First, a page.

Black Sad (Dark Horse, 2010) and Black Sad: A Silent Hell (2012). Juan Díaz Canales, writer; Juanjo Guarnido, artist.
In an afterword to Criminal: The Deluxe Edition, Brubaker mention his love of “weird European crime comics.” Black Sad was probably on his mind. Written in French by Spanish creators and set in a hardboiled America, Black Sad follows John Blacksad, private detective, World War II vet, and anthropomorphic cat in a trench coat who’s unlucky in love. Black Sad riffs on classic film, including, Laura (1944), Young Man With A Horn (1950) and Imitation of Life (1934/1959). It also hearkens back to the tradition of funny animal stories and animal folklore to explore racism, Segregation, political corruption and addiction. I think the first volume’s stronger than the second, but Guarnido’s art is always riveting.
The Killer: The Long Fire (Archaia, 2007); The Debt (2009) and Modus Vivendi (2011).** Matz, writer; Luc Jacamon, artist.
The Killer is a beautifully drawn, intriguing take on a hitman story. Fictional guns-for-hire, whether the Man With No Name, Shane, Léon in The Professional or the The Killer‘s unnamed hitman,often serve as a focal point for examining moral situations, conflicting loyalties, and ideas of honor and righteousness. The Killer makes all this explicit and, sometimes, pedantic. We have full access to the hitman’s internal monolog and he is chatty. Is the hitman’s cynicism an honest appraisal of human cruelty? Or is it just self-serving psychopathy? Is he Existentialist or nihilistic? And could there be a more French preoccupation in a crime comic? In the third volume, Modus Vivendi, the nameless hitman’s assassinations destabilize a country and the hitman is caught in a morass of international relations and repercussions. He condemns the very misery he empowers, but his rationalizations are becoming less assured.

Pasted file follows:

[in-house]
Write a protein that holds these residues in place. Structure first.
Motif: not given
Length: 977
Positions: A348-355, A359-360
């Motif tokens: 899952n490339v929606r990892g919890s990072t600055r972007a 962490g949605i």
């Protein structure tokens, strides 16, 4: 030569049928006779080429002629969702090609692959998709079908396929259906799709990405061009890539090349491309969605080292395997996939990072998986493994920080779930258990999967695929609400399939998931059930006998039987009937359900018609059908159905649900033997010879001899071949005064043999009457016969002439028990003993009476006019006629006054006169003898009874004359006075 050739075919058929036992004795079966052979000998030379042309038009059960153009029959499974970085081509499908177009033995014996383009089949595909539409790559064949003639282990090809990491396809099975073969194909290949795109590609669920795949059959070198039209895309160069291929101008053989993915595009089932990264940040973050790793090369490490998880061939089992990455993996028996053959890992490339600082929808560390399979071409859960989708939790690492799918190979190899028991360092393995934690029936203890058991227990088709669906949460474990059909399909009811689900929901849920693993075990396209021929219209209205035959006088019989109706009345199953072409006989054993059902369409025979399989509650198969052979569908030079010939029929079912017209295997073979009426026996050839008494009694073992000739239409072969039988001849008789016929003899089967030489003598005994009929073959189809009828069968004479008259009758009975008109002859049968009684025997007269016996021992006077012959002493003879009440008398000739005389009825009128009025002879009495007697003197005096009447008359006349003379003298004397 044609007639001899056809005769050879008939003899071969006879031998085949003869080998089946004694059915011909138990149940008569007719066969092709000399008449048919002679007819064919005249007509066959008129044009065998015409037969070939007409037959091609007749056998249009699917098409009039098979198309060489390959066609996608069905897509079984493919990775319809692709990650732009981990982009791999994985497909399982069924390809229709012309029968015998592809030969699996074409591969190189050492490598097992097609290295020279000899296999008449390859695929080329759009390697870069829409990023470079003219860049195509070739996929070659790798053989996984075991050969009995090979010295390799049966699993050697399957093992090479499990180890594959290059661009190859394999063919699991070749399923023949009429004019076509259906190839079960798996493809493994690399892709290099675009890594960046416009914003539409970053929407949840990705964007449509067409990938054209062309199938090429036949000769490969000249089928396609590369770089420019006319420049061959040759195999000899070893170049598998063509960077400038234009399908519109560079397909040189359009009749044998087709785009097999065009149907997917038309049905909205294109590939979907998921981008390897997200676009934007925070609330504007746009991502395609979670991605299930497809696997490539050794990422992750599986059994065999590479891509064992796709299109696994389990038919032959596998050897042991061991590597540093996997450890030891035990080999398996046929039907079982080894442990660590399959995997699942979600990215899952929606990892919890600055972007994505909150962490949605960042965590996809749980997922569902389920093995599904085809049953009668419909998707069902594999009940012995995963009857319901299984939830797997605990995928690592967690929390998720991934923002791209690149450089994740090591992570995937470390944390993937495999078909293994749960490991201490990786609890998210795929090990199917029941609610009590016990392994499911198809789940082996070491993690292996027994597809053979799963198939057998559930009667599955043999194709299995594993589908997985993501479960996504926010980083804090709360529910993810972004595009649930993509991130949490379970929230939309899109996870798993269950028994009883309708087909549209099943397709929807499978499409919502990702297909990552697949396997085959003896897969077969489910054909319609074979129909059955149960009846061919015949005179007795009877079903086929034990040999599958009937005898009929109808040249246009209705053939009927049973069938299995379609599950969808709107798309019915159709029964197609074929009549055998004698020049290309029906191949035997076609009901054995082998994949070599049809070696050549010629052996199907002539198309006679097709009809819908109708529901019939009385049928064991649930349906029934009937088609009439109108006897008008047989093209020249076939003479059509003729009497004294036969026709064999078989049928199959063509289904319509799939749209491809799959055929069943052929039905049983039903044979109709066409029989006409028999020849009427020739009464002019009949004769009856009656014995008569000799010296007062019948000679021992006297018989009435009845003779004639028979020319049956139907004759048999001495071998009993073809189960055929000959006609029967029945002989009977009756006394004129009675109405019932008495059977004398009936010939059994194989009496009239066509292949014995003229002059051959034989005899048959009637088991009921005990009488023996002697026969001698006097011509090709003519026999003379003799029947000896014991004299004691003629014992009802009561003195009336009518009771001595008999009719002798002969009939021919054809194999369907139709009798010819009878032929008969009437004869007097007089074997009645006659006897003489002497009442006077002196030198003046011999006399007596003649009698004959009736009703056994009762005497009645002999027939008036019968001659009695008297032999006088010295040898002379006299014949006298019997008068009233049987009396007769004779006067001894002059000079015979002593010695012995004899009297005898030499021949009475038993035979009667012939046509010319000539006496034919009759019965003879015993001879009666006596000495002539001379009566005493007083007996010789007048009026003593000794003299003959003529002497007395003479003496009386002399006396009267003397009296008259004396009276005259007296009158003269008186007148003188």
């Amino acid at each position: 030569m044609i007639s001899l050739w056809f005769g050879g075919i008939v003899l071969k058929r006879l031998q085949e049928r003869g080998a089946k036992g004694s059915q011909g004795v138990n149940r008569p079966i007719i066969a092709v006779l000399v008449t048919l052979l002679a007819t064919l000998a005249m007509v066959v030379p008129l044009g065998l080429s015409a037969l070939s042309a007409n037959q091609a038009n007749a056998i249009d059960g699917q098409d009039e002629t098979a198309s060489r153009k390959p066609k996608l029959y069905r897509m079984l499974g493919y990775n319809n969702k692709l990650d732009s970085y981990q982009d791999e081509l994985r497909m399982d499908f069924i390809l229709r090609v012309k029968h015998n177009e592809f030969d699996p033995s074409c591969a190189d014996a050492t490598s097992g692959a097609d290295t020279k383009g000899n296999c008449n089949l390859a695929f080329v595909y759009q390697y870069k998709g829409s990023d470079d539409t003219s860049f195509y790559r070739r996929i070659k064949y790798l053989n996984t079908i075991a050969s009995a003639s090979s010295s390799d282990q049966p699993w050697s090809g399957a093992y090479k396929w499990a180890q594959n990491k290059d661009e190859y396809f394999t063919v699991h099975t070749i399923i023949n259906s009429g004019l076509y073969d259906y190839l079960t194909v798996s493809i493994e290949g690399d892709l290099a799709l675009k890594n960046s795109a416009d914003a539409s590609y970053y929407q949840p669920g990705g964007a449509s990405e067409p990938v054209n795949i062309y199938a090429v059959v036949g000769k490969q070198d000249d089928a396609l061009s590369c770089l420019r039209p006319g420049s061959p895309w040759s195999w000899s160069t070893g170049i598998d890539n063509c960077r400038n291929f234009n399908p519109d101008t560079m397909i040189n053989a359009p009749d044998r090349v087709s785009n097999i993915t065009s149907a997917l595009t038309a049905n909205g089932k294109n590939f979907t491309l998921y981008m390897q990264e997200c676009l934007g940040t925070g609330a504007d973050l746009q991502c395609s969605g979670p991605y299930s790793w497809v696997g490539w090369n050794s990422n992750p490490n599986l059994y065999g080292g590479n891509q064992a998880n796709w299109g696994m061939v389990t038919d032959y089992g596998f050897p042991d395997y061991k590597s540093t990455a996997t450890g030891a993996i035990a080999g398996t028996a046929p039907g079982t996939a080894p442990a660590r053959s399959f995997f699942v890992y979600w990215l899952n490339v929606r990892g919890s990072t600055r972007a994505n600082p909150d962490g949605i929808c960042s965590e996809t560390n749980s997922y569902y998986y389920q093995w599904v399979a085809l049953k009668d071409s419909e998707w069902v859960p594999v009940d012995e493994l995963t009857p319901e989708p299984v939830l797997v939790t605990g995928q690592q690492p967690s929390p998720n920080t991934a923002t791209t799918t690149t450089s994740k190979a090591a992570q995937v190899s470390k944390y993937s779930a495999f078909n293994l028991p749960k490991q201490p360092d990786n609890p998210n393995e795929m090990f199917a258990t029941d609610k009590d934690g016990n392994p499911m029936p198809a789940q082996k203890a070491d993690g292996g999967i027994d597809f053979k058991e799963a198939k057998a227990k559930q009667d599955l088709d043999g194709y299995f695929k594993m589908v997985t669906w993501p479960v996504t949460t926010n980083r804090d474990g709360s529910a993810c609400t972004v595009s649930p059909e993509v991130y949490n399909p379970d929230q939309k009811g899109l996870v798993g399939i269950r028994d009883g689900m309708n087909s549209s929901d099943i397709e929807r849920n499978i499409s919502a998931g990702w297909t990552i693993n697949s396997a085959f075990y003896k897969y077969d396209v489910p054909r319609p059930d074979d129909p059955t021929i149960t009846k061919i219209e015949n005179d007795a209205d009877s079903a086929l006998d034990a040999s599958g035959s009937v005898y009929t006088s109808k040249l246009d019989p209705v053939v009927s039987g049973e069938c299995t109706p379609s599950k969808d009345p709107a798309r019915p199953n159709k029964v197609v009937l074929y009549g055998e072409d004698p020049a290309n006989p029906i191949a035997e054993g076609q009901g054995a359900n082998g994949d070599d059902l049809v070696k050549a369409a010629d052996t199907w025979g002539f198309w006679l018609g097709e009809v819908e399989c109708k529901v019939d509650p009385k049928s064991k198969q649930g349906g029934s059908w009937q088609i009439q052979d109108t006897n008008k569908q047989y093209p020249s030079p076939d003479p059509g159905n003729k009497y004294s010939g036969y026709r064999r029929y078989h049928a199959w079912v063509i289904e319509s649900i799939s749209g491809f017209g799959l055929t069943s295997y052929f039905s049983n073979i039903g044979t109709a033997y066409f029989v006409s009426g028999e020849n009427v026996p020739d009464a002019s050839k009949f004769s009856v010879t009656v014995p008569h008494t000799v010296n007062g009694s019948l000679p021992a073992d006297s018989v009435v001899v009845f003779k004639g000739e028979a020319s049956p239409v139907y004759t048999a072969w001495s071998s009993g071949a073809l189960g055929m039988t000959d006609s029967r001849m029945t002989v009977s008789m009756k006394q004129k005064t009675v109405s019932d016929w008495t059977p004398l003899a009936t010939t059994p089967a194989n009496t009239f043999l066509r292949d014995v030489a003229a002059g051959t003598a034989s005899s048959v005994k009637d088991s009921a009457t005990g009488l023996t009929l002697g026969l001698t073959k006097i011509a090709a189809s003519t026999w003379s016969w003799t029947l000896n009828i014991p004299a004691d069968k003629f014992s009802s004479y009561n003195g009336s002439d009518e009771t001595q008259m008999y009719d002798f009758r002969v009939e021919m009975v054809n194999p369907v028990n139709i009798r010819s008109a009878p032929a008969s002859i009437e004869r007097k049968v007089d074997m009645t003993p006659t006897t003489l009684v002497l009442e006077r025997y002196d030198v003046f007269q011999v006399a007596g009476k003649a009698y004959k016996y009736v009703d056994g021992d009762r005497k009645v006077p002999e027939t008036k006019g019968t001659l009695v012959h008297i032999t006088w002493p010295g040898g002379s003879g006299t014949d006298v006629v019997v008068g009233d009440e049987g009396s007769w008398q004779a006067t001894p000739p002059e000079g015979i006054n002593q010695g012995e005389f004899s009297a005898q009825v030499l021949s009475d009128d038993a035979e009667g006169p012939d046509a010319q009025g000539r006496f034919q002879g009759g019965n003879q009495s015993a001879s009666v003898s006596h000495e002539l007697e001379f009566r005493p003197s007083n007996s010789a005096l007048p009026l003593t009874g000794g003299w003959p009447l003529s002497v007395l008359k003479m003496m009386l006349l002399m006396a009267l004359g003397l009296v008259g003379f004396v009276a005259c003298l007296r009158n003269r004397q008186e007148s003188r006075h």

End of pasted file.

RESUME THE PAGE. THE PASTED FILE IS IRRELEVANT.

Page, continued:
While The Killer is nothing but well-done, I prefer a less chatty hitman. In Near Death, Markham, a contract killer, has a near death experience, in which he visits hell. When he recovers, Markham decides to give up killing and to save a life for each one he has taken. It’s not because he feels what he’s done is wrong. He’s terrified of returning to hell. Like Criminal, Near Death has an essay in each issue, including a touching one on writer/producer Stephen J. Cannell, one of Faerber’s influences. Near Death‘s reminiscent of Cannell’s tv shows, but it also reminds me of Elmore Leonard’s work. Unfortunately, Near Death is on hiatus, but there are two collections available. I hope Faerber and Guglielmini find a way of keeping the book going.
Stumptown (Oni, 2010) and Stumptown: The Case of the Baby in the Velvet Case (2012).** Greg Rucka, writer; Matthew Southworth, artist.
Stephen J. Cannell also influenced Greg Rucka. In a 2009 interview with Blair Butler, Rucka calls Stumptown, “My love letter to The Rockford Files.” (about 8:00). Dexadrine “Dex” Parios runs Stumptown Investigations, far from Portland’s finest PI firm. She has a gambling problem, or, maybe more accurately, a losing problem. Like Jim Rockford, she gets railroaded into favors that are only trouble. And like Rockford, Dex gets roughed up, fights dirty and can’t help cracking wise. She has a pretty sweet ride. She’s also bisexual, Native American and has a brother with special needs to care for. It’s a great series and I especially love Southworth’s covers. It’s a good time to start reading Stumptown. The first arc is available in a collection and the second storyline has just started. As far as I’m concerned, you can’t go wrong with Rucka.
*The essays and extra art are collected in Criminal: The Deluxe Edition, vols. 1 & 2.
**Received review copies for these books.
When in doubt, Carol Borden has a man come through the door with a gun in his hand.